Democrats have stepped up calls to allow witnesses in the Senate impeachment trial of Donald Trump after the publication of an account by his former top aide John Bolton that challenges the US president's defence.
Mr Bolton, the former national security adviser, reportedly alleges in a draft of a memoir that Mr Trump personally demanded a freeze on military assistance to Ukraine until it aided investigations into his Democratic political rivals, including former vice-president Joe Biden.
Details from Mr Bolton's as yet unpublished The Room Where It Happened: A White House Memoir were reported by the New York Times on Sunday night, just as Mr Trump's legal team was preparing to present its defence case in full this week.
"There can be no doubt now that Mr Bolton directly contradicts the heart of the president's defence and therefore must be called as a witness," the Democrats prosecuting the impeachment case said in a statement.
On the first day of the trial, when the senators determined the rules for the proceedings, the Democrats demanded the ability to call witnesses, but were rebuffed by the Republican majority. A few moderate Republicans, including Utah's Mitt Romney and Maine's Susan Collins, suggested they would be willing to support witnesses, but only in the second phase of the trial due to begin later this week.
Mr Bolton has been uncharacteristically reticent since he departed the White House in September after, according to Mr Trump, being fired by the president. However, he said in January that he was willing to testify in the president's Senate impeachment trial if subpoenaed.
Democrats are keen to hear from Mr Bolton because he has first-hand knowledge of some of the key meetings on Ukraine, but also because he left the White House following a rift with the president. This suggests he has less incentive to protect Mr Trump than some of the other officials they want to call, particularly Mick Mulvaney, White House chief of staff, who has refused to testify.
"Bolton regularly talked directly to Trump. He should have first-hand knowledge about what Trump directed others to do on his behalf," said Brendan Boyle, a Democratic congressman from Philadelphia. "His testimony is very important, which is exactly why the White House will do whatever it takes to block him from telling what he knows."
Even before details of Mr Bolton's memoirs leaked, Democrats' interest was piqued during the House's impeachment investigation, particularly by testimony given in November by Fiona Hill, his former top National Security Council Russia expert.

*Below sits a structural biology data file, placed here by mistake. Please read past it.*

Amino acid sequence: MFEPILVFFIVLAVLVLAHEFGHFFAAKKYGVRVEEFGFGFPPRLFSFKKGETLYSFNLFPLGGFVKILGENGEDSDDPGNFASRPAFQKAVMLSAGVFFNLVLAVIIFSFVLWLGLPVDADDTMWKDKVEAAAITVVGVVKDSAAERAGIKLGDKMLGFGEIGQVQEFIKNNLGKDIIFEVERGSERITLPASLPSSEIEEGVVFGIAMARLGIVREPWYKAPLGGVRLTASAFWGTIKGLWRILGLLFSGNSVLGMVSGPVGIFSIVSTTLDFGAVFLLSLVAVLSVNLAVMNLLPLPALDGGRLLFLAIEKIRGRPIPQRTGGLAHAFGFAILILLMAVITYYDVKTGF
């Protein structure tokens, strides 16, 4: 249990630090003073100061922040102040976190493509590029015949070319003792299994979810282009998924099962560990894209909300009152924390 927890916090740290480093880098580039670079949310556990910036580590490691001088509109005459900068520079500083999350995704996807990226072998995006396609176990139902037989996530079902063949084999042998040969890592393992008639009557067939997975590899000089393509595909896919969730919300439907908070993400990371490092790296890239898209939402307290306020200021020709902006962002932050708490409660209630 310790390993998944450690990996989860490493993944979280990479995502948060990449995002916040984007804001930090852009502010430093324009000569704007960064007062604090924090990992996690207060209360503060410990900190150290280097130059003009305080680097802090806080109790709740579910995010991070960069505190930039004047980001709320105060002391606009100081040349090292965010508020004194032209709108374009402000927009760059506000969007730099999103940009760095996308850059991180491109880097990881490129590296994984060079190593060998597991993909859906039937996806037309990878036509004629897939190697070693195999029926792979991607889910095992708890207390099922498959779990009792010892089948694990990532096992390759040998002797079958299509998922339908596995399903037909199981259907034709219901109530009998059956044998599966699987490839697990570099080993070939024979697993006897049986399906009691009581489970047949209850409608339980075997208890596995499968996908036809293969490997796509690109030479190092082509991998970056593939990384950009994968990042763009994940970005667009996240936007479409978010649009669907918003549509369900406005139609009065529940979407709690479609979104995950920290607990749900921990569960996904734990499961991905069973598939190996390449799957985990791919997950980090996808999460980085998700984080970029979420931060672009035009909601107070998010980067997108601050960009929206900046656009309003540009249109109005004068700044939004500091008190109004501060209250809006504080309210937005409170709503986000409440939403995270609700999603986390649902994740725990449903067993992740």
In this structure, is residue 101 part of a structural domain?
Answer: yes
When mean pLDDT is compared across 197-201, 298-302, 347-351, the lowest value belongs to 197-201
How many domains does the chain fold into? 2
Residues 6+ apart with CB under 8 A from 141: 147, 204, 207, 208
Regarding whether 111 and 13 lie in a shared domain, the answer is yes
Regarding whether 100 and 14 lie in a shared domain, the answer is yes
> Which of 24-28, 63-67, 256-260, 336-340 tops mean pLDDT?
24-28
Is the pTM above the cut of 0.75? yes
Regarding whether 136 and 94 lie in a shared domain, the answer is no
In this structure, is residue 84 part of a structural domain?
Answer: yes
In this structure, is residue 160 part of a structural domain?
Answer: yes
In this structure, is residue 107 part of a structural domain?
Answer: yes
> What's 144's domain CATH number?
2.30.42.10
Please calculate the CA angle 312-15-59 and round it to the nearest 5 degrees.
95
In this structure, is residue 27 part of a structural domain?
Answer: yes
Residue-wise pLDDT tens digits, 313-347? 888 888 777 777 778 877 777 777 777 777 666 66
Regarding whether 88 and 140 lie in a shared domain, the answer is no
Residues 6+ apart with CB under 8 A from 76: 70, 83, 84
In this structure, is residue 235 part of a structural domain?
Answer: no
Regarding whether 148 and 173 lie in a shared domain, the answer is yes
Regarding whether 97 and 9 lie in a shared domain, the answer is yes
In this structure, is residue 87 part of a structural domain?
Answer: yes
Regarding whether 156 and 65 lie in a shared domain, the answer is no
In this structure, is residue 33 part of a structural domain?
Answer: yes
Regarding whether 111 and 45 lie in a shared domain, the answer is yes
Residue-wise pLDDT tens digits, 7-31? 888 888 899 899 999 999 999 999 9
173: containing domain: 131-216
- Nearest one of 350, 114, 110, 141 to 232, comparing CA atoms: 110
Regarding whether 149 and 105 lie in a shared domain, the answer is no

Ms Hill described how administration aides - including Mr Mulvaney and Gordon Sondland, US ambassador to the EU - helped carry out a pressure campaign against Ukrainian president Volodymyr Zelensky orchestrated by Rudy Giuliani, personal lawyer to Mr Trump.
Mr Giuliani wanted Ukraine to announce an investigation into Mr Biden, Mr Trump's potential 2020 election rival, and his son Hunter, who served on the board of a Ukrainian energy company. Mr Trump had made the same request in the July 25 2019 telephone call with Mr Zelensky that sparked the impeachment inquiry.
Ms Hill's most damaging testimony came when she recited comments by Mr Bolton, who had refused to testify before the House committees conducting the investigation, about elements of the Ukraine scandal.
Ms Hill described how Mr Bolton bristled in a July 2019 meeting when Mr Sondland told visiting Ukrainian officials that Mr Zelensky would not get a coveted Oval Office audience with Mr Trump until he announced the probe. She told lawmakers that Mr Bolton immediately ended the meeting and instructed her to tell the top National Security Council lawyer that he was "not part of whatever drug deal Mulvaney and Sondland are cooking up".
She also told lawmakers that Mr Bolton had at one point referred to Mr Giuliani as a "hand grenade who's going to blow everybody up" because of his efforts orchestrating the Ukraine pressure campaign.
Mr Bolton had been an unusual choice for national security adviser. His hawkish views - particularly his call for military action to induce regime change in Iran and North Korea - made him an unlikely foreign policy bedfellow for the president. Mr Trump had campaigned in 2016 on a much less muscular foreign policy than Mr Bolton would endorse.
"I actually temper John, which is pretty amazing," Mr Trump said last year about his aide.
Mr Trump eventually fell out with the Yale-educated lawyer in September, after rifts over Iran, North Korea and Turkey grew increasingly fraught. But Mr Bolton has yet to articulate his insights into the Ukraine affair in public.
Mr Bolton's claims put Senate Republicans in a difficult position. Over the course of four decades, the former national security adviser cultivated close ties to many leading Republican foreign policy hawks, a group that has bristled at Mr Trump's takeover of the party since his 2016 election.
If the Democrats are successful in convincing the Republicans - who have a 53-47 majority in the Senate - to allow witnesses, Mr Trump will he hoping that Mr Bolton leaves that reputation at the door of the Senate chamber.